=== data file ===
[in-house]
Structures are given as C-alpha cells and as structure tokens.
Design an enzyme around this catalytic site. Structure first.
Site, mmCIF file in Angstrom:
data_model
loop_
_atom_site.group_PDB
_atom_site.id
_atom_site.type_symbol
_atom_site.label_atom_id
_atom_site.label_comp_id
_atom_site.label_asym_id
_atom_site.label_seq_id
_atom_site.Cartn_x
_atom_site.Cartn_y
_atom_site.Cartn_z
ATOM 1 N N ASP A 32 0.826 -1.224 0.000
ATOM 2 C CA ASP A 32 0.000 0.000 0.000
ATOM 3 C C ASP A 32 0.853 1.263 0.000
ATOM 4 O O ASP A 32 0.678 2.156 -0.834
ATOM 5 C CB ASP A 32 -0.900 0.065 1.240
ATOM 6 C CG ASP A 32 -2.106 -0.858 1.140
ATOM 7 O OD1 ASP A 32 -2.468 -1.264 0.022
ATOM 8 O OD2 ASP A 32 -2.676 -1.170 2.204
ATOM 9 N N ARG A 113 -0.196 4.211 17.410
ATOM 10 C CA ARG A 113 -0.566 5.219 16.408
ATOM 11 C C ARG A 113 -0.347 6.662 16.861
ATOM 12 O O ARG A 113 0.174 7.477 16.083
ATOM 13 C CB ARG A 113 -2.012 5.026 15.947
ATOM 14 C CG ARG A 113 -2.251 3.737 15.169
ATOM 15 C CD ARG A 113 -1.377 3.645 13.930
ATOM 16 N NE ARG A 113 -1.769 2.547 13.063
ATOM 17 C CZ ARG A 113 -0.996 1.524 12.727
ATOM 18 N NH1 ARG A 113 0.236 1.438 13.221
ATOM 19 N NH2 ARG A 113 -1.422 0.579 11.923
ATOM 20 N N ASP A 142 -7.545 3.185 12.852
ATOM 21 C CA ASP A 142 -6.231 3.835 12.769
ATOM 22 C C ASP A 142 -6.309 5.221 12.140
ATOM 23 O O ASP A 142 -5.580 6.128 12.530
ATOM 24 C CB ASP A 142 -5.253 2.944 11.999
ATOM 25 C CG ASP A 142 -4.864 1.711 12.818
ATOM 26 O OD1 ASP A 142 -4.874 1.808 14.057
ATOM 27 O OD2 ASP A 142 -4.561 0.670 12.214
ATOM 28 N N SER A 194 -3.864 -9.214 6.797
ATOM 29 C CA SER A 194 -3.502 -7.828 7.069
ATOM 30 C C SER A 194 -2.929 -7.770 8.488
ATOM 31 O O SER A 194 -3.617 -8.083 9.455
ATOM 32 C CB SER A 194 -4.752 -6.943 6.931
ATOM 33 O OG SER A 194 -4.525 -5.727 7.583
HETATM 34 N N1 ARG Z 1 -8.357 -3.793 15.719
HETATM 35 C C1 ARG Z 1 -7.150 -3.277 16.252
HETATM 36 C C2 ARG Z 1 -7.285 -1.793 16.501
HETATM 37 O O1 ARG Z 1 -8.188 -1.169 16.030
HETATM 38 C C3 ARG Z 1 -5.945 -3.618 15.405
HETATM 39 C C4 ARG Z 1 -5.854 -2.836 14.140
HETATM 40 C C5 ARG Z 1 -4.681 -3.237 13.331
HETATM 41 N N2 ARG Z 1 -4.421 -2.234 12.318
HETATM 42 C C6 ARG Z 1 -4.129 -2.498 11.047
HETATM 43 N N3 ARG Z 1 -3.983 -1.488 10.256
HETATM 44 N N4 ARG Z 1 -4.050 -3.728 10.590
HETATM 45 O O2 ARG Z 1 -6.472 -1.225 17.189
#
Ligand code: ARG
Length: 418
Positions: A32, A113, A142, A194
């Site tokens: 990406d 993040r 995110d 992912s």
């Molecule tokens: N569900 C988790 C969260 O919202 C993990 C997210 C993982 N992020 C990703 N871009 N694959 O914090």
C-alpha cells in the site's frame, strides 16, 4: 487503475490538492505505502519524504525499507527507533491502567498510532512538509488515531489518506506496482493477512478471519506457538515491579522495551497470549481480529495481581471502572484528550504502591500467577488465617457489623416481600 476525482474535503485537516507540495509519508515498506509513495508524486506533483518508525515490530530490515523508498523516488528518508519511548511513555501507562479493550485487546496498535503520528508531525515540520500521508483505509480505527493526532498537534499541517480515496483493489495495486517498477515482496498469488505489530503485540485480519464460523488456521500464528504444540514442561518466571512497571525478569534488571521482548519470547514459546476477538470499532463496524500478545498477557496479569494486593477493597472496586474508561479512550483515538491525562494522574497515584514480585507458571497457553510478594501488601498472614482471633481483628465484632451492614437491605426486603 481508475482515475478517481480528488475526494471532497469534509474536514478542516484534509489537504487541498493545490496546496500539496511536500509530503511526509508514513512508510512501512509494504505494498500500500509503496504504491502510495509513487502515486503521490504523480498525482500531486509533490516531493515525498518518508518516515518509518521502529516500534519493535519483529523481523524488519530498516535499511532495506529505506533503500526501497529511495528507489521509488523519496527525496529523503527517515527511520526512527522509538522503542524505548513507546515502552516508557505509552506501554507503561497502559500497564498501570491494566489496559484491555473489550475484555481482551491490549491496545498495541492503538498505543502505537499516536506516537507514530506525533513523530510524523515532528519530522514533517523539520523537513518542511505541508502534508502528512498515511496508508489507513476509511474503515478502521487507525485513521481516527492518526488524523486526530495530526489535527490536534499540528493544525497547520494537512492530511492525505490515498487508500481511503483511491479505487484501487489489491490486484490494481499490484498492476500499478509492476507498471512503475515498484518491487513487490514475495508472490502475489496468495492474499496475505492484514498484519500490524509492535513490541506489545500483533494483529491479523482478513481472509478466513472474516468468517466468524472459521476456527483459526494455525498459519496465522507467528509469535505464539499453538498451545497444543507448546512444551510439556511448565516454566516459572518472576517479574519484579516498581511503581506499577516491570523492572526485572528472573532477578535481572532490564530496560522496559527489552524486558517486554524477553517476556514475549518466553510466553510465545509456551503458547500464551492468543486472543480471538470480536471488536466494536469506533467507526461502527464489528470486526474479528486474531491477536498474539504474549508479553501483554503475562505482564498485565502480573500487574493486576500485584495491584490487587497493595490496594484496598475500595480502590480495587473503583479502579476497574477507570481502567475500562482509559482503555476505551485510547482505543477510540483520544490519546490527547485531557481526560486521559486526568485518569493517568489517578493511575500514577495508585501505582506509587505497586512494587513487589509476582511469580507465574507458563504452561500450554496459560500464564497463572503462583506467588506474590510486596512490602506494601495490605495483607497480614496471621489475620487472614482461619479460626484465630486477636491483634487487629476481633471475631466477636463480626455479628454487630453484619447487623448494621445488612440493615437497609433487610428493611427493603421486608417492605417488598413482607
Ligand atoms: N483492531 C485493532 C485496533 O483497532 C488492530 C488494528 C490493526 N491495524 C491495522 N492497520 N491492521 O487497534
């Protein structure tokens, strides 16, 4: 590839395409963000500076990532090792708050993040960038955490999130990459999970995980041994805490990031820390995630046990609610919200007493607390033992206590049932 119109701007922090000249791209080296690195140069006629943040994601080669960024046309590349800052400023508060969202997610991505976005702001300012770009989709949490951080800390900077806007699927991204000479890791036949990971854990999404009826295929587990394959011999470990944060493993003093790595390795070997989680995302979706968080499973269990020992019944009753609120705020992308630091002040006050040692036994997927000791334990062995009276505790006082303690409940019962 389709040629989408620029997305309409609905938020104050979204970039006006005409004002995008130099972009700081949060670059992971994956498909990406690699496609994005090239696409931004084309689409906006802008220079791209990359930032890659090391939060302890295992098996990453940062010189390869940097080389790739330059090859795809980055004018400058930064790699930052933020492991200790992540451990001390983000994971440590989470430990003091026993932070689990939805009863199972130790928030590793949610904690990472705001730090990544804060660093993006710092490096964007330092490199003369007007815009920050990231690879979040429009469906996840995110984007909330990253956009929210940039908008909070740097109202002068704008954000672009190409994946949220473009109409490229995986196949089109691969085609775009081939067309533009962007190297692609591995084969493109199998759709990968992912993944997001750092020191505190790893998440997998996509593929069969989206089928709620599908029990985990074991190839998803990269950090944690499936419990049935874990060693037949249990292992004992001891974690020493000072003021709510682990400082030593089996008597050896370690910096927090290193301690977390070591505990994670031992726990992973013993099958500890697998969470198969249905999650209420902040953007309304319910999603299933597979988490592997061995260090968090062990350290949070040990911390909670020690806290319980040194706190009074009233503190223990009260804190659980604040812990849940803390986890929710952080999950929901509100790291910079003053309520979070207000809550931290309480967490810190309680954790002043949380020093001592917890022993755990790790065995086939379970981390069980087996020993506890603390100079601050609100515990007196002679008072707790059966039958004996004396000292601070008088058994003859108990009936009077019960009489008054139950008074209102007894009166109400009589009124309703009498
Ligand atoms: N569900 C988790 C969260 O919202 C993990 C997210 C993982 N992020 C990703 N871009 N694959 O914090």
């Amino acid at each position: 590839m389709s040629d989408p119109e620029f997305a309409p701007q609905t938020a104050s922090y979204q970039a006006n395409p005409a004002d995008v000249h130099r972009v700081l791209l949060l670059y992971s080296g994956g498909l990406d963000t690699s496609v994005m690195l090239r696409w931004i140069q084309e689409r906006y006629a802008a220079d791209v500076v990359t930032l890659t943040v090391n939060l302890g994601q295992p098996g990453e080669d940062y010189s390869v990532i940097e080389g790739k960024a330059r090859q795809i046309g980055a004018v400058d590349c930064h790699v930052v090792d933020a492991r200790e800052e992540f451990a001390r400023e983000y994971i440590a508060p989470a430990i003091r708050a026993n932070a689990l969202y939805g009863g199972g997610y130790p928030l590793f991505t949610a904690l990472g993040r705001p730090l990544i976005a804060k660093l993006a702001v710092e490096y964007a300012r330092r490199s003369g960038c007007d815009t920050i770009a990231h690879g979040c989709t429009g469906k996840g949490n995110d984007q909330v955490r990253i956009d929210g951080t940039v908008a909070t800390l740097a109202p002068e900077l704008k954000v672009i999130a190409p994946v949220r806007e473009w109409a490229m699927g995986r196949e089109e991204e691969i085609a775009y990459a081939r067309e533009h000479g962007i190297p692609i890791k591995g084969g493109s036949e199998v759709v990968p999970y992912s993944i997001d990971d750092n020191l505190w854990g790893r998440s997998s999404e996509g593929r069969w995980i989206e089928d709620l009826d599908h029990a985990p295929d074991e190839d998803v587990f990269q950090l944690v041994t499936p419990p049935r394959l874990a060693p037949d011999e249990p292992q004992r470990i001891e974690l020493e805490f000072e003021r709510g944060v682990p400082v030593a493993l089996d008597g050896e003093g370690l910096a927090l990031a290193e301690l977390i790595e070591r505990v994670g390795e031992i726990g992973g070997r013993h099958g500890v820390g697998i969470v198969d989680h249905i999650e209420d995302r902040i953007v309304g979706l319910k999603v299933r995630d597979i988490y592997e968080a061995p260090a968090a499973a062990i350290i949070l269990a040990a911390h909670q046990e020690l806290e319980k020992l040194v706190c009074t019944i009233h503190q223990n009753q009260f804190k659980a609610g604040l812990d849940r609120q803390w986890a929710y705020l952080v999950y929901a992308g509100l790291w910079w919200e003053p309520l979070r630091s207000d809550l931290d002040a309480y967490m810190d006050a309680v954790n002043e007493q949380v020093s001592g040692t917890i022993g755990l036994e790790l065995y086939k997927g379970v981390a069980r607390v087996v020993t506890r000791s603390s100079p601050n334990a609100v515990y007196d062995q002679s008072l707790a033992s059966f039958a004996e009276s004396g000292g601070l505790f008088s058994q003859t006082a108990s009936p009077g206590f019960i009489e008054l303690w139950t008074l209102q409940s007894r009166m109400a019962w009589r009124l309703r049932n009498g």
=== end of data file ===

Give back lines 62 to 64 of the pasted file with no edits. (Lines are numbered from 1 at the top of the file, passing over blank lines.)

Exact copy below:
#
Ligand code: ARG
Length: 418